Re: What's all the hoopla about ?

"They're called unit tests."

And how do we write these? And how do we judge the quality of our unit tests?

"we see someone who evidently doesn't understand how software development works."

That's fine. Feel free to dismiss my position if you want. If you really think that "my unit tests are working" is equivalent to "good code", then I will probably not convince you otherwise.

Phil Lord

Re: What's all the hoopla about ?

"meritocracy": a society governed by people selected according to merit.

Where "merit" is defined in what way?

"divine right of kings"

Where "merit" is defined as the person most wanted by God.

The circularity in the argument of "meritocracy" happens because we don't have a clear definition for merit. As a result, we can look at most environments and say "well, this environment is very unrepresentative selection of the population, but that's because it's a meritocracy".

Phil Lord

Re: What's all the hoopla about ?

"The problem is the sort of person who wants to volunteer for that sort of committee is always the same"

Well, then, it looks like the problem is at least in part the people who do not volunteer.

"so leaves no room for anyone different from themselves"

Could be a problem. And if that happens, we may end up with tech being dominated by a group of people who are extremely poorly representative of the population at large. Who knows where that would lead?

Phil Lord

Re: What's all the hoopla about ?

"No, the idea of meritocracy is very simple: it doesn't matter who you are, does your contribution do what it is meant to do with as little cruft and structural weakness as possible? If yes, it passes. If no, go back and do it again."

None of which is objectively measurable -- if it were, we could write a program to measure it. If we could do that, we could replace the programmer with a random code generator. So, all of these things require using judgement.

And, of course, you seem to have the slightly strange idea that only code function counts. What about someone who is capable of producing a clear and coherent API? With great documentation? Or someone with the vision to understand that you had the wrong idea about "what it is meant to do" all along and that really, you should do something else.

Developing a good piece of software is not just programming, any more than programming is typing.

Phil Lord

Re: What's all the hoopla about ?

Indeed, I always feel the face of Big Brother, glaring down at me, ever time someone fixes my punctuation on stackexchange.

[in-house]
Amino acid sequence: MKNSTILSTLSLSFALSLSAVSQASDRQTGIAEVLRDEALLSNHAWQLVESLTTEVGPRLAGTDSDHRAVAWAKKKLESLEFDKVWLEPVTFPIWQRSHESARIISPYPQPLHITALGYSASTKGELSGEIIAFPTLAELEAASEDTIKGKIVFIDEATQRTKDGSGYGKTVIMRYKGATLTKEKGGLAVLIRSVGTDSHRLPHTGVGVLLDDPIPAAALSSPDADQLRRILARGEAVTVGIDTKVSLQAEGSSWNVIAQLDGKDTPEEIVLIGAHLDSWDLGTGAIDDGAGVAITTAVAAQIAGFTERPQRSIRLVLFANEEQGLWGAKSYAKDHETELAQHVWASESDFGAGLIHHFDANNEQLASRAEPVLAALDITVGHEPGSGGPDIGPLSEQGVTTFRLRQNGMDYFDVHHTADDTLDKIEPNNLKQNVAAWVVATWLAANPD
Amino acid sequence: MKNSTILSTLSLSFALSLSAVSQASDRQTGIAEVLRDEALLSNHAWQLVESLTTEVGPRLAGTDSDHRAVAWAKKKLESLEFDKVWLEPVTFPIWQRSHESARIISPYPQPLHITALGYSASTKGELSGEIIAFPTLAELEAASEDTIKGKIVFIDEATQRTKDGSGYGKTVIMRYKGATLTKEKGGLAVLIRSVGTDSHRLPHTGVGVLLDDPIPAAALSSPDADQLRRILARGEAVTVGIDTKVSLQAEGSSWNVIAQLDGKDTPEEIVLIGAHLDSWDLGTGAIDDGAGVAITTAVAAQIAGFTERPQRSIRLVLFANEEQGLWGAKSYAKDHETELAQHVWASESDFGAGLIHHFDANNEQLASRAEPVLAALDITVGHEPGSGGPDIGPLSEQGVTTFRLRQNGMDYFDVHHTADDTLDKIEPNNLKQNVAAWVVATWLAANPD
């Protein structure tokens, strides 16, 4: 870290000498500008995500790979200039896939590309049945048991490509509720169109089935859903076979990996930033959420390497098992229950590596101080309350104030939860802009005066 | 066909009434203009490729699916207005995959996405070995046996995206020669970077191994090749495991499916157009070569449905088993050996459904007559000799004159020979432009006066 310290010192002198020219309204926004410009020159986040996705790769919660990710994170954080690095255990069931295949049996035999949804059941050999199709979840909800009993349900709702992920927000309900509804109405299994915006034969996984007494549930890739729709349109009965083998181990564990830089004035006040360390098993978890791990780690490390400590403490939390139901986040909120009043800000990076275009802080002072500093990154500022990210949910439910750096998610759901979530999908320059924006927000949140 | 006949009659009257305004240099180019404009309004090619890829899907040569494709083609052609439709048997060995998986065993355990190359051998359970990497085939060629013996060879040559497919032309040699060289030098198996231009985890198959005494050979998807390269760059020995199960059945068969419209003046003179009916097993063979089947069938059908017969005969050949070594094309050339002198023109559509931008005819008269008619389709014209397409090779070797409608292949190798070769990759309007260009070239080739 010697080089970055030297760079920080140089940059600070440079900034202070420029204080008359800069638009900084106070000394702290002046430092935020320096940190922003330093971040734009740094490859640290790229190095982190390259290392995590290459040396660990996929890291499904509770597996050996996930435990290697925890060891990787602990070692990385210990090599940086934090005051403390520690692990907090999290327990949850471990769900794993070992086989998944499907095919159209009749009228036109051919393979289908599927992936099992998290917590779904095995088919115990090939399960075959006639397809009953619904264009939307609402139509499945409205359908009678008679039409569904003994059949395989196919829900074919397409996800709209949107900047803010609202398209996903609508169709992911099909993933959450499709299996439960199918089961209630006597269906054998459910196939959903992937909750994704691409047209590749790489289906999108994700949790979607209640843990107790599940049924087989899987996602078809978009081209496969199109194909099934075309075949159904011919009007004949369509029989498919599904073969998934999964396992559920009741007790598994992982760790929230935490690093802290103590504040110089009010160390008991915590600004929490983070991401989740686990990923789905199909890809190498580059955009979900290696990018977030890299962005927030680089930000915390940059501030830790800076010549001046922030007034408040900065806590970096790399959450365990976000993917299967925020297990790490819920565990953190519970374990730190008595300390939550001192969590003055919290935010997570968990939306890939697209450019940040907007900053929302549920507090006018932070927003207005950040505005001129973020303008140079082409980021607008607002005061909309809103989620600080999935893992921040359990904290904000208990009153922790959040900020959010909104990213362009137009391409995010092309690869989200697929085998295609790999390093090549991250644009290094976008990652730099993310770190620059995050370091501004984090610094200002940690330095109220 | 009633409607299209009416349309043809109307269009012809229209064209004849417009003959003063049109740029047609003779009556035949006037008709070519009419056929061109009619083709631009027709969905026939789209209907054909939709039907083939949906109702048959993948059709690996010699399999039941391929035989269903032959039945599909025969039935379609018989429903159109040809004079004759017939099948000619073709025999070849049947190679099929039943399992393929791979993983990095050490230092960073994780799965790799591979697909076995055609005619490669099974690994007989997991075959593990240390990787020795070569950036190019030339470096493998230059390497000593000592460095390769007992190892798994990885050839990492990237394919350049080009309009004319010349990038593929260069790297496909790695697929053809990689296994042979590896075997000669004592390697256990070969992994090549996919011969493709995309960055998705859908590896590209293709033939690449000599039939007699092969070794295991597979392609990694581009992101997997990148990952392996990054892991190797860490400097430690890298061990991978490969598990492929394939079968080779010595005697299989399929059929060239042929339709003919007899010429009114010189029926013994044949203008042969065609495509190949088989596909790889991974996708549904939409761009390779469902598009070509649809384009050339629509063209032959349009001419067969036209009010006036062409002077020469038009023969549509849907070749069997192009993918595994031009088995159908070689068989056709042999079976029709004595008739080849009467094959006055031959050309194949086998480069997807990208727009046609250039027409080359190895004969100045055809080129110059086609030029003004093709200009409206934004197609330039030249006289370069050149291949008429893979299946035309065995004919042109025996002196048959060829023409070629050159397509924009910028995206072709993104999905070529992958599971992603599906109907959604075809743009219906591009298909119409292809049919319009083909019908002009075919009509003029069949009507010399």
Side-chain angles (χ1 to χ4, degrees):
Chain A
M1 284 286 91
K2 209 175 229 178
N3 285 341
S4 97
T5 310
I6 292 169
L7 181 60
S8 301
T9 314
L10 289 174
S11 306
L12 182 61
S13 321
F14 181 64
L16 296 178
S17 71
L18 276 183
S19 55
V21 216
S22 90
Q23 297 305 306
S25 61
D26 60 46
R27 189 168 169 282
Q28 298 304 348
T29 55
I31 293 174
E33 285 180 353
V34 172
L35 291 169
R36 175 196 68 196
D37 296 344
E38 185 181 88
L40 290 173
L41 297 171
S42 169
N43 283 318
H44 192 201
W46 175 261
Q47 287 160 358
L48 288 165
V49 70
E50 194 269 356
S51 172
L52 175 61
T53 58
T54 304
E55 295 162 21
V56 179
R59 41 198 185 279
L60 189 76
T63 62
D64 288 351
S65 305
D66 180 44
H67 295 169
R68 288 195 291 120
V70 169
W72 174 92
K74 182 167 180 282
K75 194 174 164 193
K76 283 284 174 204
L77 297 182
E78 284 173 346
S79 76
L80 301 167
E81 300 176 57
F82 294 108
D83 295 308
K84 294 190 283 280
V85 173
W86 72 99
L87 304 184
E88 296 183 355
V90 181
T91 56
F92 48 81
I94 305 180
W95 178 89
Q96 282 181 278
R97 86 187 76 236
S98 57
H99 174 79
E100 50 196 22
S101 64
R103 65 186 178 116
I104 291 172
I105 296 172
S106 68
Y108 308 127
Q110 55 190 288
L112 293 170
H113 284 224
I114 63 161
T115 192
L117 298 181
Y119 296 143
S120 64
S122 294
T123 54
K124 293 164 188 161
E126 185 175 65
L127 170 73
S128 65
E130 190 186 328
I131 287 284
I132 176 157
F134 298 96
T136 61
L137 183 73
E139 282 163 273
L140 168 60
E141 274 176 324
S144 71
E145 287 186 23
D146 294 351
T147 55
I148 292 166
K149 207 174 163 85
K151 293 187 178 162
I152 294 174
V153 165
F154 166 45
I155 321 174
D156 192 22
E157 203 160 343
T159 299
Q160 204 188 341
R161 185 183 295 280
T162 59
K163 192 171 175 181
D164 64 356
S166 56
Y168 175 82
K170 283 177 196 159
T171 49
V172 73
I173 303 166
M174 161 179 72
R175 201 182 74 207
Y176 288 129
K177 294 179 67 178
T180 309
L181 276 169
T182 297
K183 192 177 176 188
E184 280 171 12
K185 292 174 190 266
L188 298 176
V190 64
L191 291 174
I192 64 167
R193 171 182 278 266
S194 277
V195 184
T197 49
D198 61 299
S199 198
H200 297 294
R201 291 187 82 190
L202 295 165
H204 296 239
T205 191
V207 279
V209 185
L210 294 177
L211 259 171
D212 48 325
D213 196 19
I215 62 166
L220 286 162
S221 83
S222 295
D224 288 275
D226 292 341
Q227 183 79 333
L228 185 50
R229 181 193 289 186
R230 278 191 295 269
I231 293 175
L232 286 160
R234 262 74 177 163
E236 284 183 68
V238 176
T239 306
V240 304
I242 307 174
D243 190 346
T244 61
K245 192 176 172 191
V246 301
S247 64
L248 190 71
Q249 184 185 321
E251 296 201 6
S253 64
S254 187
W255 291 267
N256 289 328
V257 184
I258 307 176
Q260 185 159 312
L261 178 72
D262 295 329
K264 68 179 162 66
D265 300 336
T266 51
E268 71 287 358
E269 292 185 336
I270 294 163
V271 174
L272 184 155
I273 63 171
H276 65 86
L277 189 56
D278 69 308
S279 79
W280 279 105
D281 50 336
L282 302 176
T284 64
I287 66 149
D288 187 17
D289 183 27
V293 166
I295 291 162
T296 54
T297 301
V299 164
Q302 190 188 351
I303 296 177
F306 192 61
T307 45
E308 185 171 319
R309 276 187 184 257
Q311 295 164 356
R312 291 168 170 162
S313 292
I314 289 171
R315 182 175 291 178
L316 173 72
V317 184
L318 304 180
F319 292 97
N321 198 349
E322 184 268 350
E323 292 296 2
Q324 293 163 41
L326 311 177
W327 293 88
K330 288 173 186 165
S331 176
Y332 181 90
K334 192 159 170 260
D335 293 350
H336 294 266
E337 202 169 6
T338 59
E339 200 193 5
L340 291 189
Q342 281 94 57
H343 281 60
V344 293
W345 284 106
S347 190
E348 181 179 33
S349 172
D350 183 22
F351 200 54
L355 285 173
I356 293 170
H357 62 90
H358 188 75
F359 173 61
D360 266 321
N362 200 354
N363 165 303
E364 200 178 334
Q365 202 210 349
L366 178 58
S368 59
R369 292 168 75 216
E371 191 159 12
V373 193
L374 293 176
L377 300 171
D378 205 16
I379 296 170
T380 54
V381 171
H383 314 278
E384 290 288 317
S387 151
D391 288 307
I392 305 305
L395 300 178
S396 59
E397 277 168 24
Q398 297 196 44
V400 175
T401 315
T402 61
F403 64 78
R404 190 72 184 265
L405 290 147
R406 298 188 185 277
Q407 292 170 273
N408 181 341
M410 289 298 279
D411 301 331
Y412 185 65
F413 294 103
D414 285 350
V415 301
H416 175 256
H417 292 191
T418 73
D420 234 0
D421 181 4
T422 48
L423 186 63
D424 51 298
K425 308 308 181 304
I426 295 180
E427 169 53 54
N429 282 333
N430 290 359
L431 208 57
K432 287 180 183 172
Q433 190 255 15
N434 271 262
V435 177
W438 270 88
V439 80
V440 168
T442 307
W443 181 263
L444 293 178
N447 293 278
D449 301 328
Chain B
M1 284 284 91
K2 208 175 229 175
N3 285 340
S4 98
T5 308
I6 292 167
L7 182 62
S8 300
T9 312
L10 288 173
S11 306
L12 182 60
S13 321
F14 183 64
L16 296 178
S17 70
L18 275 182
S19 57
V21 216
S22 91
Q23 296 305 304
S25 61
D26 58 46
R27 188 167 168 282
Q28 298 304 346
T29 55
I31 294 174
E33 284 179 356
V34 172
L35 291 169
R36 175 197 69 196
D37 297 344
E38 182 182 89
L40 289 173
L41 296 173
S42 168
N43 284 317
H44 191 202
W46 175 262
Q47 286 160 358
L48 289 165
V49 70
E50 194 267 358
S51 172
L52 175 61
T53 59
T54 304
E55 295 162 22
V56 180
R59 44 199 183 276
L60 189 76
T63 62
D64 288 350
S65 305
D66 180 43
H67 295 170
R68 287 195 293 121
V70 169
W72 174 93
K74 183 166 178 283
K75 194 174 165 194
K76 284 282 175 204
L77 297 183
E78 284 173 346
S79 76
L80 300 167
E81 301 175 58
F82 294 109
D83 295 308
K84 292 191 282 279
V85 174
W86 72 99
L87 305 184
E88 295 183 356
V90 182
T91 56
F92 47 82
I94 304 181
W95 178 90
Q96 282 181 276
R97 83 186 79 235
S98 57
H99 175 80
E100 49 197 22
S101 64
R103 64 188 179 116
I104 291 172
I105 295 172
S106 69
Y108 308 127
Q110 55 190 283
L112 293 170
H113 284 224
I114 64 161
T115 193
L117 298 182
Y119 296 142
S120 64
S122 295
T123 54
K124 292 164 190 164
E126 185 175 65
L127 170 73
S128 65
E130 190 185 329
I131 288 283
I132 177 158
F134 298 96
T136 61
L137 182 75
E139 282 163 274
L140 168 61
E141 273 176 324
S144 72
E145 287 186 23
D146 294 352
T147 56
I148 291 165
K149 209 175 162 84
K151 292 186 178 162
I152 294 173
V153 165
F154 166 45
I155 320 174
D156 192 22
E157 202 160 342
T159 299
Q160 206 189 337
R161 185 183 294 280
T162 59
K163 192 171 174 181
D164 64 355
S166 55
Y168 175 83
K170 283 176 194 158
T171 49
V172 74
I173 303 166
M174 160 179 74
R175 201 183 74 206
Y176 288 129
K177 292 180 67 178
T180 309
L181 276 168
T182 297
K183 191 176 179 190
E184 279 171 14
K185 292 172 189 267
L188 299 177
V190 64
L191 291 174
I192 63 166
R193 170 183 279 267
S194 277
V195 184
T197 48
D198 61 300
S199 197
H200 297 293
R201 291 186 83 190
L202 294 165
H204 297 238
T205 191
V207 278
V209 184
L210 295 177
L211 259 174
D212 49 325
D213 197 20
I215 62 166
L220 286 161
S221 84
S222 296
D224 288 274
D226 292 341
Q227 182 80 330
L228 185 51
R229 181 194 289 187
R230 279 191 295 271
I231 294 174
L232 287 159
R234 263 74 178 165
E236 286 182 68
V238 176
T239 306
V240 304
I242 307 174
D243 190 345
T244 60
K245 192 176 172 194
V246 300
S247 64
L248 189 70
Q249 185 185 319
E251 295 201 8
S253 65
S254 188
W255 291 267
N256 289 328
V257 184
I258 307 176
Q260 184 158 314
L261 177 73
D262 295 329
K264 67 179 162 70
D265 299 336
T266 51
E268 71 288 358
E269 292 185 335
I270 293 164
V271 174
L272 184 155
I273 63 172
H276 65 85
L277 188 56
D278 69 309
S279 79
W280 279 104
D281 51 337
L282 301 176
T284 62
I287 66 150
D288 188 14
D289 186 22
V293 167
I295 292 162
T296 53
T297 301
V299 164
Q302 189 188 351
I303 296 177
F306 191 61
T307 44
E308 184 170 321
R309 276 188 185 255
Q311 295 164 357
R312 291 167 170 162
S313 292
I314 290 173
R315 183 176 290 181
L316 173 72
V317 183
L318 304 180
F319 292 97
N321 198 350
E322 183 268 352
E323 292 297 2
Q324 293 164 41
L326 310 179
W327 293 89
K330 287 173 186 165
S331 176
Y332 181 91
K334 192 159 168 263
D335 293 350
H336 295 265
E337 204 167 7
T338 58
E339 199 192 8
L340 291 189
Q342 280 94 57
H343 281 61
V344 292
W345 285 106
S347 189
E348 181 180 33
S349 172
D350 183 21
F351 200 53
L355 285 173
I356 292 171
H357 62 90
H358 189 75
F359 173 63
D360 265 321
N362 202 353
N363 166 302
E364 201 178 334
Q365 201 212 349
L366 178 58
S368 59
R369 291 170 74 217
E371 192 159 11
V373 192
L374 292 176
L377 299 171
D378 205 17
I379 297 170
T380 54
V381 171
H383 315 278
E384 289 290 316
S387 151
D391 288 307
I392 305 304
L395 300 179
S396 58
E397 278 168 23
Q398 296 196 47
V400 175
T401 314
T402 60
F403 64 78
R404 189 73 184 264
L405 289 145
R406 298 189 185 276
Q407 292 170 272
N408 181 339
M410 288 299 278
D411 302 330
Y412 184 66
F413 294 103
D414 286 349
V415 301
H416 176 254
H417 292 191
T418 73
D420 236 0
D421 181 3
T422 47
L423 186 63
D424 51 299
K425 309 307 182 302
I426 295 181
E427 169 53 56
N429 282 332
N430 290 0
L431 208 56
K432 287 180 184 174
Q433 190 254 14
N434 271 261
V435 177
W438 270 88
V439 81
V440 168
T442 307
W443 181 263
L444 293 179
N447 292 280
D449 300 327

Phil Lord

Re: What's all the hoopla about ?

"There is no such thing as 'poor code' in the post-meritocracy world."

The idea behind the "post-meritocracy" is that we should get passed the point where we can use spurious or ill-defined notions of "merit" to justify what ever kind of injustice or nastiness we want.

The way that "meritocracy" is used is pretty close to the "divine right of kings". Good code, bad code, of course, still exists. I write both, and sometimes unable to distinguish between the two. That makes me pretty normal I guess.

Phil Lord

Re: What's all the hoopla about ?

"As defined by whom?"

Normally a committee, consisting of a number of members of the community. It a similar process that would apply to censure of a developer who routinely submitted poor documentation for their work. Or, indeed, poor code. It's hard to make an objective judgement about either of these things either.

"The definition of undesirable is whoever in power does not want to be around."

Actually, the intention of a CoC is the opposite of this. It's to put forward an explicit definition of what an undesirable is. How successful they are at achieving this, I don't know. If you have any data beyond the anecdotal about this, it would be interesting to see.

Phil Lord

Re: Oh c'mon

"I ask simply this, how many times has it been used like blasphemy accusations in Pakistan, as a lethal weapon?"

Well, the contributor covenant has no clause requiring the use of the death penalty. Even if it did, in most of the jurisdictions in which it is used, this would be considered to be a unfair contract and therefore not enforceable.

So, in simple answer to your question, it's never been used as a lethal weapon.

Linux kernel's 'seat warmer' drops 4.19-rc5 with – wow – little drama

Phil Lord

Re: Who are these people

"It betrays an obsession with feelz and a demand for ideological purity which many people find revolting."

Yes, but then I find lack of politeness pretty irritating also.

"You don't need a CoC to deal with what is illegal."